A young firebug has escaped jail for the “crass immaturity” which led him to cause a five-figure blaze at derelict Strathmartine Hospital.
In the immediate aftermath of a local councillor issuing a fresh call for beefed up security at the eyesore site amidst fears of a tragedy following yet another recent fire at the one-time asylum, Aaron Beveridge was given a Community Payback Order including 200 hours unpaid work for his actions in the summer of 2013.
Beveridge was 17 when he torched one of the buildings at the site, leading to a demolition bill of £15,000 for the wrecked property after police using a sniffer dog caught him near the disused facility with balaclava, gloves and a lighter while fire crews completed the operation to extinguish the blaze.
Beveridge, of Teviotdale Avenue in Dundee admitted an indictment alleging wilful fireraising at the hospital and after hearing that the accused had been in no trouble since the incident, a sheriff said the lengthy delay in the matter coming before the court may have saved him from a spell behind bars.
Depute fiscal Kirsten Thompson said fire control received a message about an incident at the hospital on June 13 and found a single storey building on the eastern side of the site well alight.
Police were called after a senior fire officer formed the view that the fire had been started deliberately and a tracker dog picked up a scent at the scene.
Beveridge was subsequently discovered by officers in Craigmill Road, smelling strongly of smoke and with a lighter in his pocket, but no other smoking materials, added the fiscal.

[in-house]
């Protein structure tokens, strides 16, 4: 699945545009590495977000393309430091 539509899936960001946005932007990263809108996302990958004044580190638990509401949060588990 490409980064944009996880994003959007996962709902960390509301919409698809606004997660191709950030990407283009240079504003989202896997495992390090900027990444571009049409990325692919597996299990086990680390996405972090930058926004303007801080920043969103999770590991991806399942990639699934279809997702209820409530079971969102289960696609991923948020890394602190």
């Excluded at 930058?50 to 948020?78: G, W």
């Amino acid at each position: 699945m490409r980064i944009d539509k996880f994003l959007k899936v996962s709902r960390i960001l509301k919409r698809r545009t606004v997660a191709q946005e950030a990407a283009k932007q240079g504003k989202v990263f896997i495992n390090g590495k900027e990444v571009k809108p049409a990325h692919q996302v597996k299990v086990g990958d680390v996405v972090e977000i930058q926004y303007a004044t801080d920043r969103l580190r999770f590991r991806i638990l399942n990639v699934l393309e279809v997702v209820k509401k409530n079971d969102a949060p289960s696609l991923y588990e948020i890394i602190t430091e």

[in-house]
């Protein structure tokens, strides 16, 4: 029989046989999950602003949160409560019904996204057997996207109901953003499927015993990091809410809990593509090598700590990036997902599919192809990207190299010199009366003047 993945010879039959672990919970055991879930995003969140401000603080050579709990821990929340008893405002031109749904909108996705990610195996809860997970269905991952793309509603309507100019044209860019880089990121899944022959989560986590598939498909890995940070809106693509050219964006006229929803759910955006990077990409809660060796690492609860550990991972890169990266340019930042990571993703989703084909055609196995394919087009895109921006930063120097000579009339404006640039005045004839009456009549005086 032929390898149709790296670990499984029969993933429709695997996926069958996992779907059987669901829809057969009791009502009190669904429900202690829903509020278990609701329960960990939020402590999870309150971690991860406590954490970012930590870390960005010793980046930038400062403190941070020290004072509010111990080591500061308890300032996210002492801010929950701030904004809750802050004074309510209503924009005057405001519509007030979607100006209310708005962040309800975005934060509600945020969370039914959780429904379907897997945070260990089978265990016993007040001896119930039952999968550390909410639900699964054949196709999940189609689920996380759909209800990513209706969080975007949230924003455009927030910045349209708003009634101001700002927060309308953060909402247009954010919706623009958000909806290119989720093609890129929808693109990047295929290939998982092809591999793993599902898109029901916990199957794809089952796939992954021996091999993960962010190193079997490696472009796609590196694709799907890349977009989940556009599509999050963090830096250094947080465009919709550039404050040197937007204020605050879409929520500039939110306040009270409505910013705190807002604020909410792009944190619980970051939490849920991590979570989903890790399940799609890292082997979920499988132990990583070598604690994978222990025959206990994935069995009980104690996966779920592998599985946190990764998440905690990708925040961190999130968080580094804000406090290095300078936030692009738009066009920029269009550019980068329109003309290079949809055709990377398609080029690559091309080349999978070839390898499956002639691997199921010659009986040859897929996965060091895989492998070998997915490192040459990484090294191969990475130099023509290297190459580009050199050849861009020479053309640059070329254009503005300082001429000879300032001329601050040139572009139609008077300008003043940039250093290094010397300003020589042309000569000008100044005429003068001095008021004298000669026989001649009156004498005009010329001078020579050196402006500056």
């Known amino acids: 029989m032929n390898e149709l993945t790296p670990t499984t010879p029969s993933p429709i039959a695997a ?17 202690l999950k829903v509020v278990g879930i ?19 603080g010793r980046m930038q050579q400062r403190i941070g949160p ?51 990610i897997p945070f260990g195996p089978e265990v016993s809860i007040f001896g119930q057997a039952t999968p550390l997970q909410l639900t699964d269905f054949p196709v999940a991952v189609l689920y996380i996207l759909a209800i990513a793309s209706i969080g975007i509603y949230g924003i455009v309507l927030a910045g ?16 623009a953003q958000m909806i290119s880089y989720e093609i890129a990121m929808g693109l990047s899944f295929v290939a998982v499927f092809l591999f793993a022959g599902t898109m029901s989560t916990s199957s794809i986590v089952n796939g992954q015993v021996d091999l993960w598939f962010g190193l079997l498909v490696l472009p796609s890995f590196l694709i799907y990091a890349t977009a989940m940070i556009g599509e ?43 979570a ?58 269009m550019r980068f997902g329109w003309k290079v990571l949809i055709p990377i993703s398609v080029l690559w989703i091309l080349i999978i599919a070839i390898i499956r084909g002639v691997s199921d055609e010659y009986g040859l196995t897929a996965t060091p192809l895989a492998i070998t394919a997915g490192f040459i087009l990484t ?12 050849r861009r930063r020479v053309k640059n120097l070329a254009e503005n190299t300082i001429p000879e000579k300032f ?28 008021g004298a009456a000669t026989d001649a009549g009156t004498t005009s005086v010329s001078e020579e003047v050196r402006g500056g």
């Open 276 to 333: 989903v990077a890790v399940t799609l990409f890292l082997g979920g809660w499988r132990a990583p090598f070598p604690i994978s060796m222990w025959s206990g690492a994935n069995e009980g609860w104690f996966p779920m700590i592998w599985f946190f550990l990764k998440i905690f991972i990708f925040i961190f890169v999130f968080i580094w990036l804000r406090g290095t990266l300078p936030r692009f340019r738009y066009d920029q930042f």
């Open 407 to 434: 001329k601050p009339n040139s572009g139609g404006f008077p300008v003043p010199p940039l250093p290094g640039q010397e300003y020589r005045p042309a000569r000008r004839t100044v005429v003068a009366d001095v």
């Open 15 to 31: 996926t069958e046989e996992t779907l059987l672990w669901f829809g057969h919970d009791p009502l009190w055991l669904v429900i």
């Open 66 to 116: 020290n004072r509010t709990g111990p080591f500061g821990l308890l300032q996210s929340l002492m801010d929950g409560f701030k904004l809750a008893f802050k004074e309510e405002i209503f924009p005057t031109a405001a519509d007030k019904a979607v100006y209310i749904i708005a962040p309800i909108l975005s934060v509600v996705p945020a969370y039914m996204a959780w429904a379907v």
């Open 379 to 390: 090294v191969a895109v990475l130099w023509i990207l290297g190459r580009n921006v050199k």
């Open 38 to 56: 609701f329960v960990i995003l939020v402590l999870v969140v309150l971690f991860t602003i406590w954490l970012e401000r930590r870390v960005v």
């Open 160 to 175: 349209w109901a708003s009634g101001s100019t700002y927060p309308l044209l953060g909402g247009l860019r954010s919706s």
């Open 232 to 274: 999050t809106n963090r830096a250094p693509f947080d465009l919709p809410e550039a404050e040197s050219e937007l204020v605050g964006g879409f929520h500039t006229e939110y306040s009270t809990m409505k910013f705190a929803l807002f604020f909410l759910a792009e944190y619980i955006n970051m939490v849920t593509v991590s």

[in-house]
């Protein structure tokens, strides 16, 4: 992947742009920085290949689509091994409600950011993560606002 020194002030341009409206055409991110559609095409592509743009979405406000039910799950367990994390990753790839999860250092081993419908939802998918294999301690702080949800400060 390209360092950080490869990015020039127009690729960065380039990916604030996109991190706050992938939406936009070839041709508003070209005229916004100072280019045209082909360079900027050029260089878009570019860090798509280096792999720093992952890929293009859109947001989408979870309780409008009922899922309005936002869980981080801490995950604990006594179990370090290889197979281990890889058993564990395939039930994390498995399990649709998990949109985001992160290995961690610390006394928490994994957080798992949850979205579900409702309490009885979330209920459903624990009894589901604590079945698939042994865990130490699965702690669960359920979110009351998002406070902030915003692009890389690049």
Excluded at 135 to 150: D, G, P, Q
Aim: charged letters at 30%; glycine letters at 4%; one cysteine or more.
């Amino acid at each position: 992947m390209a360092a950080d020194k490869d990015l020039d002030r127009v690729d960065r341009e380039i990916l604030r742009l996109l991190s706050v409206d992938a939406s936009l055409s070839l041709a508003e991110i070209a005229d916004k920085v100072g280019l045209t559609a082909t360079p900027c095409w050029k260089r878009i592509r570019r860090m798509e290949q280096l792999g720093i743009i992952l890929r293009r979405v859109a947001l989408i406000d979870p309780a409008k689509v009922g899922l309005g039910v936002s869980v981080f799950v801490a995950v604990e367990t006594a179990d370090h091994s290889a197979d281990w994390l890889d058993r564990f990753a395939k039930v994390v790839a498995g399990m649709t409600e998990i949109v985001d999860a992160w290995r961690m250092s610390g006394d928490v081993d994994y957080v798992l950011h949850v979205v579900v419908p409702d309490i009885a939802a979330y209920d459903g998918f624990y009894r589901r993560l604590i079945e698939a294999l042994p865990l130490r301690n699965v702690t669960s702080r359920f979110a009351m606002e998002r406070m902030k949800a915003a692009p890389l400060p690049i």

When questioned, he told police: “I know I did it like, it was stupid.”
Solicitor David Duncan said that although the cost of re-instating the building had been put at £8,000/9,000, it was a condemned part of the site and was not going to be reconstructed.
“I have always said to him that if this offence was carried out more recently the he would have been going to prison.
“His age when he committed this offence was an age when individuals often enter the criminal justice system and stay in it.
“That has not been the case with Mr Beveridge, quite the opposite – it has not been a stepping stone to other matters.
“It was an act of crass stupidity and irresponsibility,” said Mr Duncan.
Sheriff Pino Di Emidio told Beveridge: “It is perhaps by your good fortune that there has been a delay in this serious case being brought because that has allowed you to demonstrate you can stay out of trouble.
“You are now significantly older and that convinces me I can deal with this matter other than by way of imprisonment.”
Beveridge will also take part in the Venture Trust residential programme as part of the year-long CPO.